Please enable JavaScript to view this website.

A Look into the Possible Employment Law Implications of Brexit

The United Kingdom (“UK”) voted to leave the European Union (“EU”) on June 23, 2016 with a 52% to 48% vote in favor of leave.1 The outcome shocked most of the UK and the world. The vote will not have an immediate effect on UK employment laws, but the long-term effects depend on the relationship between the UK and the EU.2 It will be at least two years until the Brexit is complete. There are multiple options for UK-EU relations post-Brexit. The three most popular options are the Norwegian model, the negotiated bilateral agreements model, and the third country model.3

 

Under the Norwegian model the UK would join the European Economic Area, like Norway, and still have access to the internal market without tariff and trade restrictions.4 This model is the most popular with employers because it would continue to allow the free movement of persons as currently exists.5 If this model was agreed upon, there would most likely not be any changes to the current cross-border employment laws for UK citizens working in the EU and EU citizens working in the UK.

 

The negotiated bilateral agreement model would allow the UK to negotiate issue by issue with the EU.6 This is a time consuming process and some negotiations could be difficult. Pursuing this option “would likely require the UK to accept some of the EU’s rules on free movement of persons and comply with particular EU laws.”7 This model would also be less liberal than the Norwegian model and there would be more employment law obstacles depending on the negotiations made between the parties.8

 

In the third country model the UK would be totally separate from the EU and would be treated like any other non-EU member country.9 This model would have the most impact on employment laws because UK citizens working outside of the UK and non-citizens to work in the UK would face restrictions. UK citizens working outside the country may have to apply for a visa or “blue card” that would only be for a fixed time period, require the employees to state their intentions to return, and their level of income.10 Non-UK citizens may face even more restrictions if they want to work in the UK.11 This model would make cross-border employment very difficult for Europeans on both sides of the English Channel.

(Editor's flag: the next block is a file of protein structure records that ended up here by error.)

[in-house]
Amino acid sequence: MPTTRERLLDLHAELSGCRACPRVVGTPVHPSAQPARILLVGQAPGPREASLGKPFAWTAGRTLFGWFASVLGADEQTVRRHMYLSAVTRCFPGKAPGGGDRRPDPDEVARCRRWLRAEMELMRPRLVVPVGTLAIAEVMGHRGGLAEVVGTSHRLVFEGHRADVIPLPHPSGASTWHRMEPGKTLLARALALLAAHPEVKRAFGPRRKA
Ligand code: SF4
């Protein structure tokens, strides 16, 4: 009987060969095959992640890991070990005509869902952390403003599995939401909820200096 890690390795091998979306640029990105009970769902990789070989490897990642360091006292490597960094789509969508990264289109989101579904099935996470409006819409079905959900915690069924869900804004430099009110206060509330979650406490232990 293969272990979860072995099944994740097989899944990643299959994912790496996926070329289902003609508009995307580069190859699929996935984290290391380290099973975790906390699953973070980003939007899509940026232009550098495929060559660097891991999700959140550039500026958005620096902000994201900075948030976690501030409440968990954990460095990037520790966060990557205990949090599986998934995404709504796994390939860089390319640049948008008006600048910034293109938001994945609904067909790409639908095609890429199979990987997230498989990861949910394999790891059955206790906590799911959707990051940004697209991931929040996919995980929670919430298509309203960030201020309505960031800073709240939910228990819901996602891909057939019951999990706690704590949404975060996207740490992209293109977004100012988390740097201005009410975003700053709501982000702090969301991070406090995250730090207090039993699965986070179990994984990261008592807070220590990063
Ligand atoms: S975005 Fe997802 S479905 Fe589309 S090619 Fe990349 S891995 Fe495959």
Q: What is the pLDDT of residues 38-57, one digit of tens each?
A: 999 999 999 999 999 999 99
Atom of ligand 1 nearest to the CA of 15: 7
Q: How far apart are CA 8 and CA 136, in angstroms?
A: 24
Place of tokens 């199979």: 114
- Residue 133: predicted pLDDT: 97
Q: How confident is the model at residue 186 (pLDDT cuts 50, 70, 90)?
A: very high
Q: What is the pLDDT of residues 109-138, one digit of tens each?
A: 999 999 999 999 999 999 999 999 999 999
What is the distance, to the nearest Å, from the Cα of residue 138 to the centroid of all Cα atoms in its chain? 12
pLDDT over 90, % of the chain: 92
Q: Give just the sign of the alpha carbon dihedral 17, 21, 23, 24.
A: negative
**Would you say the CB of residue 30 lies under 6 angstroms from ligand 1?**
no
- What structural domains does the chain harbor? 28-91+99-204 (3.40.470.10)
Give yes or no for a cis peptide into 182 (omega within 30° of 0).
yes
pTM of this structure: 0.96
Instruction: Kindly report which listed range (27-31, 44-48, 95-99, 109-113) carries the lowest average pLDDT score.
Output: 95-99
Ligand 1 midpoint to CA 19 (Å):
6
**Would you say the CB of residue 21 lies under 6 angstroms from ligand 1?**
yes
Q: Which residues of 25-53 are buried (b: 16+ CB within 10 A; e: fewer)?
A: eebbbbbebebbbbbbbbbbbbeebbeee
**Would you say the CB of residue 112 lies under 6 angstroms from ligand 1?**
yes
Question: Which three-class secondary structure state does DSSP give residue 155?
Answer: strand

If a model other than the Norwegian model is chosen the “effect of Brexit would be to throw freedom of movement into doubt, potentially restrict employee mobility, and adversely impact the ability of UK businesses to hire employees from across Europe.”12 EU members rely on free movement among member states for a variety of reasons, but employment is one of the most economically important reasons for such policies. The full effects of employment restrictions on the EU and the UK cannot accurately be predicted at this time.

 

Only time will tell what model the UK decides to go with regarding its exit from the EU. Negotiations are set to start this fall.

 


  1. Brian Wheeler & Alex Hunt, Brexit: All you need to know about the UK leaving the EU, Bbc News (Sept. 1, 2016), http://www.bbc.com/news/uk-politics-32810887

  2. Matthew Howse & Pulina Whitaker, Labour and Employment Implications of ‘Brexit’, Morgan, Lewis & Bockius LLP (Feb. 26, 2016), https://www.morganlewis.com/pubs/labour-and-employment-implications-of-brexit. 

  3. What “Brexit” means for employers and employees, Eacc-New York, https://www.eaccny.com/news/member-news/what-brexit-means-for-employers-and-employees/ (last visited Sept. 19, 2016). 

  4. Legal Implications of Brexit, Davis Polk & Wardwell LLP (June 24, 2016), https://www.davispolk.com/publications/brexit-legal-implications/

  5. Id

  6. Id

  7. Id

  8. What “Brexit” means for employers and employees, Eacc-New York, https://www.eaccny.com/news/member-news/what-brexit-means-for-employers-and-employees/ (last visited Sept. 19, 2016). 

  9. Id

  10. Id

  11. Id

  12. Brian Wheeler & Alex Hunt, Brexit: All you need to know about the UK leaving the EU, Bbc News (Sept. 1, 2016), http://www.bbc.com/news/uk-politics-32810887